Intering figures, but unfortunately a very speculative subject.
I've been asked before if we can't work this out by salt use, but
there are so many nuances. For example when salt was widely used to
preserve food before refrigeration the quantity of salt might relate
to the wealth and richness of one lord's diet over another. All things
were not equal. From what one reads Roman consumption may have been
greater than that of the Celts or the later Anglo Saxons. Some foods
would take more salt than others to preserve and we can't calculate the
quantity of these foods.
There is one truth over time that we CAN measure and that is that
the production of salt has increased with increases in population. But
I am not sure what that would prove given the different uses salt has
been put to over time in addition to consumption. Thats the pitfall.
On 4/18/01 4:40 AM kpflude writes:
>From my reading I'd say:
>100 AD 20-40,000
>1000 - 10,000 - 15,000
>1300 100,000 (Derek Keene's work suggested this high figure)
>1500 - 100,000
>in 100 - 1000AD is the problem?
>----- Original Message -----
>From: "Bea Hopkinson" <[log in to unmask]>
>To: <[log in to unmask]>
>Sent: Friday, April 13, 2001 6:09 PM
>Subject: Re: Jorvick 10th c. POPULATION LONDON
>> Akroyd's London may well make sense, as least from the evidence at
>> Droitwich of saltmaking which hinges on population growth and market
>> demand. Their markets, moreover, were traditionally to the south in
>> London. There is also evidence of reduction in salt production during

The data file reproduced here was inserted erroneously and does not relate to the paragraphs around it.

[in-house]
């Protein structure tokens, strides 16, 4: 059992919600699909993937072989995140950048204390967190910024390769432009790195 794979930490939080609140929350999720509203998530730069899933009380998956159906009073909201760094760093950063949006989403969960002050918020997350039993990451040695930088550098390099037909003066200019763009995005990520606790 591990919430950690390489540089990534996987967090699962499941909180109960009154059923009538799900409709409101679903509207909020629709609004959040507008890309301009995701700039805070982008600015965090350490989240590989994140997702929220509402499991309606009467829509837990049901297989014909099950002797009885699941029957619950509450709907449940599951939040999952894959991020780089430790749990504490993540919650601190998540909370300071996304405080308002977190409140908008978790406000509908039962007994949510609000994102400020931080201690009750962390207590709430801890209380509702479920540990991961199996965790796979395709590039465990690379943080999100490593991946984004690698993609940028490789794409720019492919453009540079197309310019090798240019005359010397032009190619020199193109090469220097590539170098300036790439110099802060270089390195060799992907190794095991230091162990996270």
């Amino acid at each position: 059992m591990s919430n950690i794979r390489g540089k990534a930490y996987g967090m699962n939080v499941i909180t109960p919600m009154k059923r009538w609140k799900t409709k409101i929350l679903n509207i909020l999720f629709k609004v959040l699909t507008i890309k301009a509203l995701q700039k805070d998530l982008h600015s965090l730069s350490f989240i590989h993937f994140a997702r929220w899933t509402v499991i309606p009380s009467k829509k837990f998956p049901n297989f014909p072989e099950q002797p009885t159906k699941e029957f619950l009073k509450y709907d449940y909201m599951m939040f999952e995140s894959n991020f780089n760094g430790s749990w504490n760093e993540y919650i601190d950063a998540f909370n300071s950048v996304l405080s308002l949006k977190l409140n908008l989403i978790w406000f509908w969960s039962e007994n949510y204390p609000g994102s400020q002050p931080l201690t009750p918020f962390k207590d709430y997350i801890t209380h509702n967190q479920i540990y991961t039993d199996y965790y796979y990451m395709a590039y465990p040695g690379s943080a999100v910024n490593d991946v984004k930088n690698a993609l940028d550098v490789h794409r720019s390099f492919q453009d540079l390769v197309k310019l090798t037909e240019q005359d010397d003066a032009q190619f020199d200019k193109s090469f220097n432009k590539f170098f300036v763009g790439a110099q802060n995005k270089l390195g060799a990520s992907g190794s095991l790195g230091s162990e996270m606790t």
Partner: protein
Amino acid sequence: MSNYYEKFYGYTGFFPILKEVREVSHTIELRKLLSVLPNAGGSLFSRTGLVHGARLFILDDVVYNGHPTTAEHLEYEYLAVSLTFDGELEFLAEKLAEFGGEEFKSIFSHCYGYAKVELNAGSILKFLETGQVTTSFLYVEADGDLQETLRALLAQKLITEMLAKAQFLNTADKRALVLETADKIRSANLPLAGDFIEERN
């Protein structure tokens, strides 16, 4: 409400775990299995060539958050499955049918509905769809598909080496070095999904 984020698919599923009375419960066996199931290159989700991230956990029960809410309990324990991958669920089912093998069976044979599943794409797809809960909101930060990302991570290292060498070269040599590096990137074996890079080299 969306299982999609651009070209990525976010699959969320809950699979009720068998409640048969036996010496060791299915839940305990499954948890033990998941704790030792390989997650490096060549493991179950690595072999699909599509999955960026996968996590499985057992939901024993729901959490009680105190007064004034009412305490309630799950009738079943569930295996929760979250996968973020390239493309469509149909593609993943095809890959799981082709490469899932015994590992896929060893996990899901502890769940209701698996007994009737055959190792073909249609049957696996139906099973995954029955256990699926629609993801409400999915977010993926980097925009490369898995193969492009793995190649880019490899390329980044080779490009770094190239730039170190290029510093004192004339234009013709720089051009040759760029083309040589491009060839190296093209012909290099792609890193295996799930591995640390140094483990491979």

>> and after the Black Death. There was also pressure in the early 16th
>> century to increase production by utilizing iron pans and using coal
>> fuel. But this ancient monopoly was not easily turned around until 1725
>> when unlimited quantities of brine were discovered and the salt industry
>> expanded overnight!
>> Does this interface with your own research ?
>> On 4/12/01 3:08 PM Mark Simmons writes:
>> >(I'm not sure of the population of London in the C10, but Ackroyds London
>> >(my current bedtime reading) says it was about 40,000 in 1200, about
>> >by 1349, dropping after the Black death b.f. rising to 85,000 by 1565,
>> >again to 155,000 by 1605.Perhaps John Clark could help us out here for
>> >Century London as a comparison ?...)
>> >Mark Simmons
>> >PS From memory, Dave's comparison of York with Hartlepool is pretty good.
>> >The modern Borough of Hartlepool's population is about 140,000, which is
>> >comparable in both pop and size with modern York. The C10 century
>> >at Hartlepool by contrast was confined to the headland, and would gave
>> >population of perhaps 500.
>> Beatrice Hopkinson 73071,327@compuserve
Beatrice Hopkinson 73071,327@compuserve